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GDP - pr. capita


USD 1.626 (IMF, 2014 est.)            


Annual GDP growth 


5.0 % (World Bank, 2013) 


Foreign debt


USD 455.9 (Ministry of Finance, December 2014)


Trade balance


USD -125.4 billion (Ministry of Commerce & Industry, 2014)




Indian Rupee (INR)


Exchange rate


100 INR equals approx. 10.59 DKK (25th February 2015)




India is ranked 85th (of 175 countries) on Transparency Internationals Corruption Perceptions Index (2014) with a score of 38. Denmark is ranked 1st with a score of 92.


Danish development programs


Denmark phased out its bilateral development aid to India in 2005, but it still supports NGO’s and international organisations in India.


Danish export, goods
India bought Danish commodities for DKK 2.2 billion in 2013. It fell by 15.6% compared to 2012 export for goods.


Danish export, services

India bought Danish services for DKK 6.9 billion in 2013. It increased by 12.4 % compared to 2012.            


Trade with Denmark


Denmark has a surplus on the Trade balance with India, where services is the key contributor. In 2013 it was DKK 1.4 billion (Commodities and Services). (Danmarks Statistik, 2015)


Indo-Danish trade in different sectors


The biggest Danish export to India is within shipping with DKK 5.9 billion in 2013. Of exported goods medicine and pharmaceuticals made up DKK 362 million. India was Denmark's 29th biggest market for export in 2012. The most important imported commodity from India to Denmark was clothing and accessories. (Danmarks Statistik, 2015)            

Economic situation 
India’s economy is continuing to grow at relatively high levels. However, the country has also been hit by the financial crisis, and growth rates have been lower the last years. Real pay increase on approximately five percent p.a. and a fast growing population secures a strong domestic demand. Except the financial crisis reasons for the more moderate growth rates are to be found in decreasing growth rates within sectors of construction, industry and consumption from 2011-2012 (IMF, 2013).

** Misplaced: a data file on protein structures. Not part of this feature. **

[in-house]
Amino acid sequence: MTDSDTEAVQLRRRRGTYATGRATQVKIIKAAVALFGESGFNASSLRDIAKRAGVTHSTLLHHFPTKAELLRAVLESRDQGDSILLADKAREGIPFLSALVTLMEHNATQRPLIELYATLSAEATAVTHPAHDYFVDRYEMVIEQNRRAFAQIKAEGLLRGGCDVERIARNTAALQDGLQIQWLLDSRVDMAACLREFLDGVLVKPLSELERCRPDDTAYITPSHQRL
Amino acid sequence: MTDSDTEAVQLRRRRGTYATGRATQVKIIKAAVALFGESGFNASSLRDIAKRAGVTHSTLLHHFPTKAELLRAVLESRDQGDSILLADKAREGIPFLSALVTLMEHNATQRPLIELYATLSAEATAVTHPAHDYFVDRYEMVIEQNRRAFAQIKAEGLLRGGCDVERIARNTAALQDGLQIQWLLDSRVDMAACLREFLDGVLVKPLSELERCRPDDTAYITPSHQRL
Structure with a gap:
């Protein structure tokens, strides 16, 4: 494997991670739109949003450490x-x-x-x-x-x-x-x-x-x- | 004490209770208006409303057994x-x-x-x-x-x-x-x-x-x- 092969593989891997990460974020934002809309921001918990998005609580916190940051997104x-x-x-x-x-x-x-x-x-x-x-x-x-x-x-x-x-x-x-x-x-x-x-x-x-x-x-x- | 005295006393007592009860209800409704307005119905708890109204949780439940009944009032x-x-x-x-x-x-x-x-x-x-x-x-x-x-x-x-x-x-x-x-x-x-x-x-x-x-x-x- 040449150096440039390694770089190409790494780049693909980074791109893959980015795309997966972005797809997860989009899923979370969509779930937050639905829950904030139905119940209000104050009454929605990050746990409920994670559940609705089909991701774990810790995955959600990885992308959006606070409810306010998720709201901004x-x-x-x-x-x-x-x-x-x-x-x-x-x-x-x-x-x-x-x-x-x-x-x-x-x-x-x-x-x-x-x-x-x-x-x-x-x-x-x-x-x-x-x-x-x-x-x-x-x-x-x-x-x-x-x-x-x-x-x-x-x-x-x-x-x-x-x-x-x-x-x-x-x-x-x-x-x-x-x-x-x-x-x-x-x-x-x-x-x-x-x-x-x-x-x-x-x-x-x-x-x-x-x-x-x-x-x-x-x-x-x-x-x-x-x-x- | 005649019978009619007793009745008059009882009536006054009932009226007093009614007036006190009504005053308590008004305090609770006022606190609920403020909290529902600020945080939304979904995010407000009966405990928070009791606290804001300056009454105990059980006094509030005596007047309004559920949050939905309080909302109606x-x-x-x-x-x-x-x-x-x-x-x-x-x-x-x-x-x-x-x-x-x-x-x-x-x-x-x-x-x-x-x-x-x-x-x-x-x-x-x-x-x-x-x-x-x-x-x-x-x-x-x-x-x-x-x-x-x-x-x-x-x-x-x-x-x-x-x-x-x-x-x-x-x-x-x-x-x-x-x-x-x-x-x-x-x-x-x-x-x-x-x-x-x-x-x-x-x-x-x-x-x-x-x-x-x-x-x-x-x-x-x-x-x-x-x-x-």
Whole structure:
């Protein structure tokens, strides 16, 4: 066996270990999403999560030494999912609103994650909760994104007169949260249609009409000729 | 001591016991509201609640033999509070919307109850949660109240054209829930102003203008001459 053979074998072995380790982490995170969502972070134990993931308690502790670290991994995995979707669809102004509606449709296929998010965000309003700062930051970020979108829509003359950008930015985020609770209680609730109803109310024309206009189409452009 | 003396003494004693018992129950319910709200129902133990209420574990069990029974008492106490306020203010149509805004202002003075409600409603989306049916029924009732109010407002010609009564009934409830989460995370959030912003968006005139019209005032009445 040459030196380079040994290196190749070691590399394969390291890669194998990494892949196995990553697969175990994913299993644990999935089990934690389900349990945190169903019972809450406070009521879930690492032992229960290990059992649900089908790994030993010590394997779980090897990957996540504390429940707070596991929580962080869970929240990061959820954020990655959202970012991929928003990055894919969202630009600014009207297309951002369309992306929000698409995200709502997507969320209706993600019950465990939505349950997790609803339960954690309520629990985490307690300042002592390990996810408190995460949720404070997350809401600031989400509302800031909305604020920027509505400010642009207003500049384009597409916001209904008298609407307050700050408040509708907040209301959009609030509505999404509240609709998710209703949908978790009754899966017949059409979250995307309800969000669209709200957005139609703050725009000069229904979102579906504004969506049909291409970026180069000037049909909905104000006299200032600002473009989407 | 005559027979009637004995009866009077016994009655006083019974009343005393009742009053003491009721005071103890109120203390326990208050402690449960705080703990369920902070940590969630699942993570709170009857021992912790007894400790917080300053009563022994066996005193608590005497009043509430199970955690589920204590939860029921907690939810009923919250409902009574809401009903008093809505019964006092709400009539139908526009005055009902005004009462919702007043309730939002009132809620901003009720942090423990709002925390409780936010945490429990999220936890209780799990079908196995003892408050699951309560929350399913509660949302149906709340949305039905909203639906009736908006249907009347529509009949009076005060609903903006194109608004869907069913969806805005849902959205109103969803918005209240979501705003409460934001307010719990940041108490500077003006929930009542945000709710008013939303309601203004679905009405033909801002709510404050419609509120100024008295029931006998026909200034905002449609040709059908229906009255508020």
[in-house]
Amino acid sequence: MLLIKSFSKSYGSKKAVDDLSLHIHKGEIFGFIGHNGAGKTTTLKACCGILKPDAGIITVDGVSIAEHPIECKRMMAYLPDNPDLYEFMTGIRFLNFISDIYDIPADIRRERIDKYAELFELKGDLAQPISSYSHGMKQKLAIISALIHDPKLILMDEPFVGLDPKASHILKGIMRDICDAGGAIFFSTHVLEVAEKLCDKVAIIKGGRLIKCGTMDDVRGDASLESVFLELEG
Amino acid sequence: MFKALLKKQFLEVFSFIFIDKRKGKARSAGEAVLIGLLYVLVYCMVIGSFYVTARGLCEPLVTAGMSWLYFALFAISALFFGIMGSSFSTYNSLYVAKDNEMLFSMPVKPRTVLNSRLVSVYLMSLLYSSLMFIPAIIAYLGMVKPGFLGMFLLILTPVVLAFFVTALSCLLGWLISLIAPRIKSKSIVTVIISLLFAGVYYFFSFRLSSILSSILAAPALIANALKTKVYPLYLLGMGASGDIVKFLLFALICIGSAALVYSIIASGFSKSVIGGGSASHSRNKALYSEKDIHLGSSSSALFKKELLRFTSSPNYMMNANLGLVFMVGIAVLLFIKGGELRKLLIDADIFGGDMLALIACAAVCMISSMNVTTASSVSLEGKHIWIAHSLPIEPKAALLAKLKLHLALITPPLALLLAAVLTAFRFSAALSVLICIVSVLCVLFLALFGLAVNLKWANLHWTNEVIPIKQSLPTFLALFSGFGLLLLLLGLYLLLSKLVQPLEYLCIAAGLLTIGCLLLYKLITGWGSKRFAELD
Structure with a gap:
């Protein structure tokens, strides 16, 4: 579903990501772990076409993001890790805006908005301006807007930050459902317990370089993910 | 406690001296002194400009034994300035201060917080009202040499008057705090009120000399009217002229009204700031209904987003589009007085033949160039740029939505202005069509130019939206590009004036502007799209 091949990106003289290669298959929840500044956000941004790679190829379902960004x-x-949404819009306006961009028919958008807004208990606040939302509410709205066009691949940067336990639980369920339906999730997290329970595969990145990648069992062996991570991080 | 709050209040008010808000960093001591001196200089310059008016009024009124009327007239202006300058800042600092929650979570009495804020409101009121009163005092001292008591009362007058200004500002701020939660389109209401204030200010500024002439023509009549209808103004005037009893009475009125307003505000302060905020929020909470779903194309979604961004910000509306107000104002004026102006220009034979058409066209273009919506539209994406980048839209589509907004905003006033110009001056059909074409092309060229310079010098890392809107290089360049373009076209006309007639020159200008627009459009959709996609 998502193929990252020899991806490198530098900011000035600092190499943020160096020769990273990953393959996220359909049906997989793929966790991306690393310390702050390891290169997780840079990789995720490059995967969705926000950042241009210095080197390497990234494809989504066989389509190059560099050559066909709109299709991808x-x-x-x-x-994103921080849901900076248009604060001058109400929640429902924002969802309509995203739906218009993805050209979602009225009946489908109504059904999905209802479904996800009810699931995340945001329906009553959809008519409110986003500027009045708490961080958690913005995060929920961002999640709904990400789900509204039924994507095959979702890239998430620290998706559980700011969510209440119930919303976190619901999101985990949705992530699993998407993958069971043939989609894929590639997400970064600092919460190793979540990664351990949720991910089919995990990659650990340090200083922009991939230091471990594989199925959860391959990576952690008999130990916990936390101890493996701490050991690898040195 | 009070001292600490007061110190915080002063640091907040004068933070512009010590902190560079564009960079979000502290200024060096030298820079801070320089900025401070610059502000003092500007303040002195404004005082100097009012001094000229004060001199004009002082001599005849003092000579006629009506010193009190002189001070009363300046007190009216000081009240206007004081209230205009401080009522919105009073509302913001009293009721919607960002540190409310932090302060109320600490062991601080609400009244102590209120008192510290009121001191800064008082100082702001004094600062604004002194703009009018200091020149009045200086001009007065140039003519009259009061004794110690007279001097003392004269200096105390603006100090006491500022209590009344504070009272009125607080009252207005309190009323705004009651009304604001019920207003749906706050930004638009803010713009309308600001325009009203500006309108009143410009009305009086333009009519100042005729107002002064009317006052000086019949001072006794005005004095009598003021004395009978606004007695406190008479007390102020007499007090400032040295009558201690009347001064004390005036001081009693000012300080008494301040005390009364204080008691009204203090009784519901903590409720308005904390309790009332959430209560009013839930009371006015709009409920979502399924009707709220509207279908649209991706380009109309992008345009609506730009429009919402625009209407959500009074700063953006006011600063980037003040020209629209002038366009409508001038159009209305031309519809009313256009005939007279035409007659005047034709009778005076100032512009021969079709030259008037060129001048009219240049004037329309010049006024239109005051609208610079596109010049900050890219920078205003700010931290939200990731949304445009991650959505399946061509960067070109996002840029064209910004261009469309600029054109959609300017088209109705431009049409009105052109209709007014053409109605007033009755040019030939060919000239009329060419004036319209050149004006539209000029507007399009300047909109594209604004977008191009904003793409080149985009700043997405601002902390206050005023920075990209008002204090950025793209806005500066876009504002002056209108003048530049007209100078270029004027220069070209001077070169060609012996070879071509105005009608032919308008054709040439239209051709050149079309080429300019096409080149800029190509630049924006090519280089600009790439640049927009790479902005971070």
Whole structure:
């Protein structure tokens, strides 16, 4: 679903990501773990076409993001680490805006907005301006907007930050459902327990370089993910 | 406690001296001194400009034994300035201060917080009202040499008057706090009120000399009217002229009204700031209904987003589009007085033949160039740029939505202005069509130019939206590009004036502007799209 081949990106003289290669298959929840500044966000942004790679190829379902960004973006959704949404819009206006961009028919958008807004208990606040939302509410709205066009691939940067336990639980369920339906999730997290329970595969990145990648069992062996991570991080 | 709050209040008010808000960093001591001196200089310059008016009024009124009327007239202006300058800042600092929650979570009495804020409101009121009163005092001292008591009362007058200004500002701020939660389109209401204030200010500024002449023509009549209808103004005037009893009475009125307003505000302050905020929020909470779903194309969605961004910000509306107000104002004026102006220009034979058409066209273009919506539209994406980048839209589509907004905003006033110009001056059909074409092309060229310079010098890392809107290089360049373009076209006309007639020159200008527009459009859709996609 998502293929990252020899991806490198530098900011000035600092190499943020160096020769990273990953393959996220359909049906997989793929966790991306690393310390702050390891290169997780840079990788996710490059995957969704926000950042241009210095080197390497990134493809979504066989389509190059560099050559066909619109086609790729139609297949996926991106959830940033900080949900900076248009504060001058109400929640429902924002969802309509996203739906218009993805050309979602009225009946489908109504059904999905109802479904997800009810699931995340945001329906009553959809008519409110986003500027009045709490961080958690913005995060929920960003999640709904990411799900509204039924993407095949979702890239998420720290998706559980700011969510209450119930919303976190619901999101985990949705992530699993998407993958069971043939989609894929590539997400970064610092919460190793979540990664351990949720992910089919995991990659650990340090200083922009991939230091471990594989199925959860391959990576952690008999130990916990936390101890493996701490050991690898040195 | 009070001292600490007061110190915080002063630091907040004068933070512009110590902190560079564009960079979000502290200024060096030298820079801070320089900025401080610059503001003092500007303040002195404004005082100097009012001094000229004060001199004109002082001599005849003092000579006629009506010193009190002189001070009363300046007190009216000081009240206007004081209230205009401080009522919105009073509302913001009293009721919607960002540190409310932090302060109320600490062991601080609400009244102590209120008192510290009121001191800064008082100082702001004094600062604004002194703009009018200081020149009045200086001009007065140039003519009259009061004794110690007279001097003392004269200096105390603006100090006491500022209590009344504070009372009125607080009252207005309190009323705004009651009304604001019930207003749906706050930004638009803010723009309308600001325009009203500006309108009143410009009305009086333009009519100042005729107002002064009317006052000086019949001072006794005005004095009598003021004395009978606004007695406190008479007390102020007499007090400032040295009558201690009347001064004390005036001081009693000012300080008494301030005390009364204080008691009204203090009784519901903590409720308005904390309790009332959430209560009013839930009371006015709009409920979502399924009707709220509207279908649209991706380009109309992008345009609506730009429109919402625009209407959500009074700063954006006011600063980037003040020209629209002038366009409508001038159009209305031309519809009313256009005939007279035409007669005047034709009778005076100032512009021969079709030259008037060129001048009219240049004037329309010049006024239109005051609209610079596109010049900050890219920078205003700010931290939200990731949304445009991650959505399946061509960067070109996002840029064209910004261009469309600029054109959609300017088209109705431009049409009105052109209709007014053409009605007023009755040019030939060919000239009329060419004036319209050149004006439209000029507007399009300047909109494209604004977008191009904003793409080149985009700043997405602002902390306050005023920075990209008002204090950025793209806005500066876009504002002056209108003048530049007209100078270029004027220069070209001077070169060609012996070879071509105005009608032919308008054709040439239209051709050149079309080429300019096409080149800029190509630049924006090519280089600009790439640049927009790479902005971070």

During the last ten years India’s economy has grown 6-10 percent p.a., which makes it fastest growing economies in the world, and fourth largest. The service industry, including the IT sector, has grown rapidly recent years and makes up for 64 % of GDP. Second largest is the Indian industry constituting 18 % of GDP, followed by agriculture at 17 %. Despite agriculture’s decreasing share of GDP, it still employs 53 % of the Indian workforce (World Factbook, 2013). 
Economic growth is limited due to a massive bureaucracy, lack of infrastructure, corruption, rigid labour market rules and extensive control of foreign investments. However, the government’s target is to reach economic growth rates of two digits within the next few years. They will achieve this by continuing efforts for liberalisations, which were initiated in 1991, and by domestic and foreign investments in infrastructure and education.
The government also wants to concentrate on development of the Indian agricultural sector, which is characterised by inefficiency and low-level growth. Through these actions the government hopes to increase the amount of foreign direct investments, which is still far below what China is able to attract. However, the government’s endeavours are complicated by interests and a trade deficit on USD 75 billion in 2012 (IMF, 2013). 
32.7 percent of India’s rapidly growing population lives for less than USD 1.25 per day (World Bank, 2013), but the middle class is also growing fast with incomes ranging from 200,000 to one million rupees a year (approx. DKK 20,000-100,000). Estimates show that the middle class will grow from 300 million today to 600 million in 2025 (Danish Chamber of Commerce, 2012).




Latest update in February 2015